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A brief MEMORY from my month of Studying Portrait Painting and Figure Drawing with the Egeli’s. It was a cold January in 2002.

Old year out, new year in. And so it goes, past and future: each minute precious! Burrowing back under the covers on a cold winter morning is always a temptation, but you’ve got to emerge from your cozy nest ‘neath the covers sometime. To help me embrace the day in equal bliss, a copious amount of caffeine was top on my agenda. So off we headed to “that coffee house”, the one that shall remain nameless for reasons I can’t divulge. Best intentions aside, the first order of business of each of my days was pleasure, a 20oz mocha generous enough to warm both hands and the NY Times crossword puzzle. Of course, we had to buy two copies of the Times, one for Camille, and one for me, for the crossword had become an activity in which to indulge in immature competitiveness. And Cynthia was content with reading the morning sports section while occasionally blurting out tennis stats across the table. Like a barely heard Latin tempo–I could barely hear the Latin tempo but pulsing with energy, we prepared ourselves for the day ahead. (By the way, I’m in awe of people who can talk out loud in a public space and not care that nobody is listening–the reason I could barely hear the Latin tempo.) We collected ourselves to face the bitter cold. I only say that because we’re from California, "the land of endless sunshine." On schedule, we jumped into our truck, that truck that Cynthia aptly named our “estrogen chassis” It was a huge king cab Ford truck that made everything around it look fascinatingly tiny. The sprinkles fell as scheduled. It only takes one little leap of imagination to see these brilliant shiny drops of water as tiny celebrations, for the jewel-bright droplets seemed to sprinkle effervescence on the day. And like clockwork, the three of us pulled our “estrogen chassis” into that always so tight little corner in front of Cedric and Joanette’s studio. We noisily bounded into the studio with our gear as if we were greeting a long lost lover.   Deep in the snowy woods of Edgewater, all laid chilled and hushed, a dreamland bower blanketed in serenity. But at the break of dawn, powdery morning mists danced in the shafts of light that filtered through the firs, giving the moment a pristine, ethereal look. Everything was lusciously hued as a mocha laced with whipped cream. A winter scape's quiet serenity in its hushed hues of ivory snow, sky blue, tree bark grey and chimney smoke charcoal tempted me to stay outdoors and play. But I knew that the instruction I was to receive was going to be like no other. If you’ve ever contemplated taking a month off to study with Cedric and Joanette Egeli, do what it takes to get yourself there, for as spectacular the setting of the space, the workshop is SO much more!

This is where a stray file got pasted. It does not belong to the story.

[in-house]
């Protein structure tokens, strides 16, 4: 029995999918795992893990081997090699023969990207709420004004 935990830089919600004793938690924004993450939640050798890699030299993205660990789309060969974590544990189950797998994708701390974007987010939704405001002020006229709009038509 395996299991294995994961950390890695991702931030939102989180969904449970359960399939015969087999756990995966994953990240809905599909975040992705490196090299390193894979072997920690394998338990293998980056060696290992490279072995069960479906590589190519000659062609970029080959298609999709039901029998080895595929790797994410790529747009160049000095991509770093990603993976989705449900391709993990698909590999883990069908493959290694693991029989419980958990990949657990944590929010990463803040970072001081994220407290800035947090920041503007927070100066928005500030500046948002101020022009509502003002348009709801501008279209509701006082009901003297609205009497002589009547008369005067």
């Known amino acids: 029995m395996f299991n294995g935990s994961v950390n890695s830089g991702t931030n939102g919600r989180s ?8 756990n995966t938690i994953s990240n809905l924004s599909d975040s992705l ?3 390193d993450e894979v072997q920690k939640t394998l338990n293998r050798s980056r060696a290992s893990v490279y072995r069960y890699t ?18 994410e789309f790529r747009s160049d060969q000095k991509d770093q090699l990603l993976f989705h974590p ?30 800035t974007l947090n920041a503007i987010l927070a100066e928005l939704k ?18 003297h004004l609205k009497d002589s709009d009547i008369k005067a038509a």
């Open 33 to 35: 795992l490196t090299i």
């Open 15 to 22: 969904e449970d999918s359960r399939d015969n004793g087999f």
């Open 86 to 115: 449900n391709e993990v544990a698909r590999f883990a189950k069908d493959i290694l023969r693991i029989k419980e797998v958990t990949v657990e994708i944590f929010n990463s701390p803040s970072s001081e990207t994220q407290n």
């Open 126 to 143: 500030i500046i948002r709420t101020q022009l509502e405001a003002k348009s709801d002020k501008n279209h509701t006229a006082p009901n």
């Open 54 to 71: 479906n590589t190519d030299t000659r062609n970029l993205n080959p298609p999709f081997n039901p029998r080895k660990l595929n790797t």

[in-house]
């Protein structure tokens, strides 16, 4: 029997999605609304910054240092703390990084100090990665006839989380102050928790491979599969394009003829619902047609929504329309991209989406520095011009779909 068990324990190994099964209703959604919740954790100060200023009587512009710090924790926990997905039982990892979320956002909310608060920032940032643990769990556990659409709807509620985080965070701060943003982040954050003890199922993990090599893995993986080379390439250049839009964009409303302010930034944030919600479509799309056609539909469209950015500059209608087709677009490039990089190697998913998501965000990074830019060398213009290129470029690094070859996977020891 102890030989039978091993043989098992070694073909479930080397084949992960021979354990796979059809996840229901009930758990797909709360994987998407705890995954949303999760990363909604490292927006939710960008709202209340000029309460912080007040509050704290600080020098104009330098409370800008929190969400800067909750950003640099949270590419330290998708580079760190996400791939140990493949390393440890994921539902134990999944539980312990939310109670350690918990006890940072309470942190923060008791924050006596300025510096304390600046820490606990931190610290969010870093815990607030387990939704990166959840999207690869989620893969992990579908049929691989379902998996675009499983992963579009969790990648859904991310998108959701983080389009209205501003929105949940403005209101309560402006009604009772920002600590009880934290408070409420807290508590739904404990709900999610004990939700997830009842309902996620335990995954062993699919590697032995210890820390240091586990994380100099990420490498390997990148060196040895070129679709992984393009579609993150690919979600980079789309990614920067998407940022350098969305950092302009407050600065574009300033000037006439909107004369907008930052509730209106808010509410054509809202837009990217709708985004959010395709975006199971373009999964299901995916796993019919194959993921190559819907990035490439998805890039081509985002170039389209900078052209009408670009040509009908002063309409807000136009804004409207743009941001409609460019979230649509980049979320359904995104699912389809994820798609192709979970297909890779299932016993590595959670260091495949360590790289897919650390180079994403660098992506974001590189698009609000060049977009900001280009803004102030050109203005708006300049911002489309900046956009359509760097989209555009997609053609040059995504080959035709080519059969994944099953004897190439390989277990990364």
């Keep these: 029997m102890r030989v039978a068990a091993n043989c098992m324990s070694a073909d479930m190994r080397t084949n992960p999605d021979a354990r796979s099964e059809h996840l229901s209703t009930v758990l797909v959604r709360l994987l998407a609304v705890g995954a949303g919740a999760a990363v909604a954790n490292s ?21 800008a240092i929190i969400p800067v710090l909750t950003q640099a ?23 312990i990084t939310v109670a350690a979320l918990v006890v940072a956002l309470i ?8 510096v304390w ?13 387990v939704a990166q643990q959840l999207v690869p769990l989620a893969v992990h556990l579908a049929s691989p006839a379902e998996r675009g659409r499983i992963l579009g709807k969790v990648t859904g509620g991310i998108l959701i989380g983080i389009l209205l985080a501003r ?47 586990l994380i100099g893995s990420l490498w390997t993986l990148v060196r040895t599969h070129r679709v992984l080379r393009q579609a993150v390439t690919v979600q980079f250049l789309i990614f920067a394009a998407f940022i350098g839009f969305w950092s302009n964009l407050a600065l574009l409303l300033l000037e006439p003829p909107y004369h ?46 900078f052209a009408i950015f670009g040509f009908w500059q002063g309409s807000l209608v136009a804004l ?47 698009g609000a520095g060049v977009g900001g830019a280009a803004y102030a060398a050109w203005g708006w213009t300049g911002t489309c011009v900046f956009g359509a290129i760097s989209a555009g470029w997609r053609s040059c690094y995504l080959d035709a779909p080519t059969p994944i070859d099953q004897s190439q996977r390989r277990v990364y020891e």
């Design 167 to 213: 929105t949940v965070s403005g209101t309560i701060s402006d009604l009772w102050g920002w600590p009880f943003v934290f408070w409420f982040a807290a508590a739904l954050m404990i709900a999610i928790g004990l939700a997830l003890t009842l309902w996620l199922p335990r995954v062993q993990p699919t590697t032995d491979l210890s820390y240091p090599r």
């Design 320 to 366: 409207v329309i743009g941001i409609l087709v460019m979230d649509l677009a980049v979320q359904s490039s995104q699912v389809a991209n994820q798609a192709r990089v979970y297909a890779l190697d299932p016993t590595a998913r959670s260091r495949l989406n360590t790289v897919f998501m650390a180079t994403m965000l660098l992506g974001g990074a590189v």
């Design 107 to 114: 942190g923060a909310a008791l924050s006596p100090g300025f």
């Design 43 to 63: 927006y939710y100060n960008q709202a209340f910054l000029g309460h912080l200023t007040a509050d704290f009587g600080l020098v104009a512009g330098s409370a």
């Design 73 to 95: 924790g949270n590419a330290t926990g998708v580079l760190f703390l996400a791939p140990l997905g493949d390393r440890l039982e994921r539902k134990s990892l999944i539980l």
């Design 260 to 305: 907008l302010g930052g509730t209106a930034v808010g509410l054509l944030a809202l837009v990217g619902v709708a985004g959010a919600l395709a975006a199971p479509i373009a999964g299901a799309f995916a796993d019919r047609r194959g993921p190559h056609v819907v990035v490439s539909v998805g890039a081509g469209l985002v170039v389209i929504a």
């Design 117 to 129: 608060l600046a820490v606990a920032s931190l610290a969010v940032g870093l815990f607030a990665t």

Notes to Myself on Beginning a Painting, By Richard Diebenkorn

1. Attempt what is not certain. Certainty may or may not come later. It may then be a valuable delusion.

2. The pretty, initial position which falls short of completeness is not to be valued except as a stimulus for further moves. 

3. Do search. But in order to find other than what is searched for.

4. Use and respond to the initial fresh qualities but consider them absolutely expendable.

5. Don't discover a subject of any kind.

6. Somehow, don't be bored but if you must, use it in action. Use its destructive potential.

7. Mistakes can't be erased, but they move you from your present position.

8. Keep thinking about Pollyanna.

9. Tolerate chaos.

10. Be careful only in a perverse way.

Richard Diebenkorn


Art said...

Richard reminds me of you, Carole. You both work furiously.

This is the true joy in life, the being used for a purpose recognized by yourself as a mighty one; the being a force of nature instead of a feverish, selfish little clod of ailments and grievances complaining that the world will not devote itself to making you happy.

I am of the opinion that my life belongs to the whole community, and as long as I live it is my privilege to do for it whatever I can.

I want to be thoroughly used up when I die, for the harder I work the more I live. I rejoice in life for its own sake. Life is no “brief candle” for me. It is a sort of splendid torch which I have got hold of for the moment, and I want to make it burn as brightly as possible before handing it on to future generations.

George Bernard Shaw


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© 2020 CAROLE GRAY-WEIHMAN   |   PAL | atelier: 250 Water Street, Petaluma, CA 94952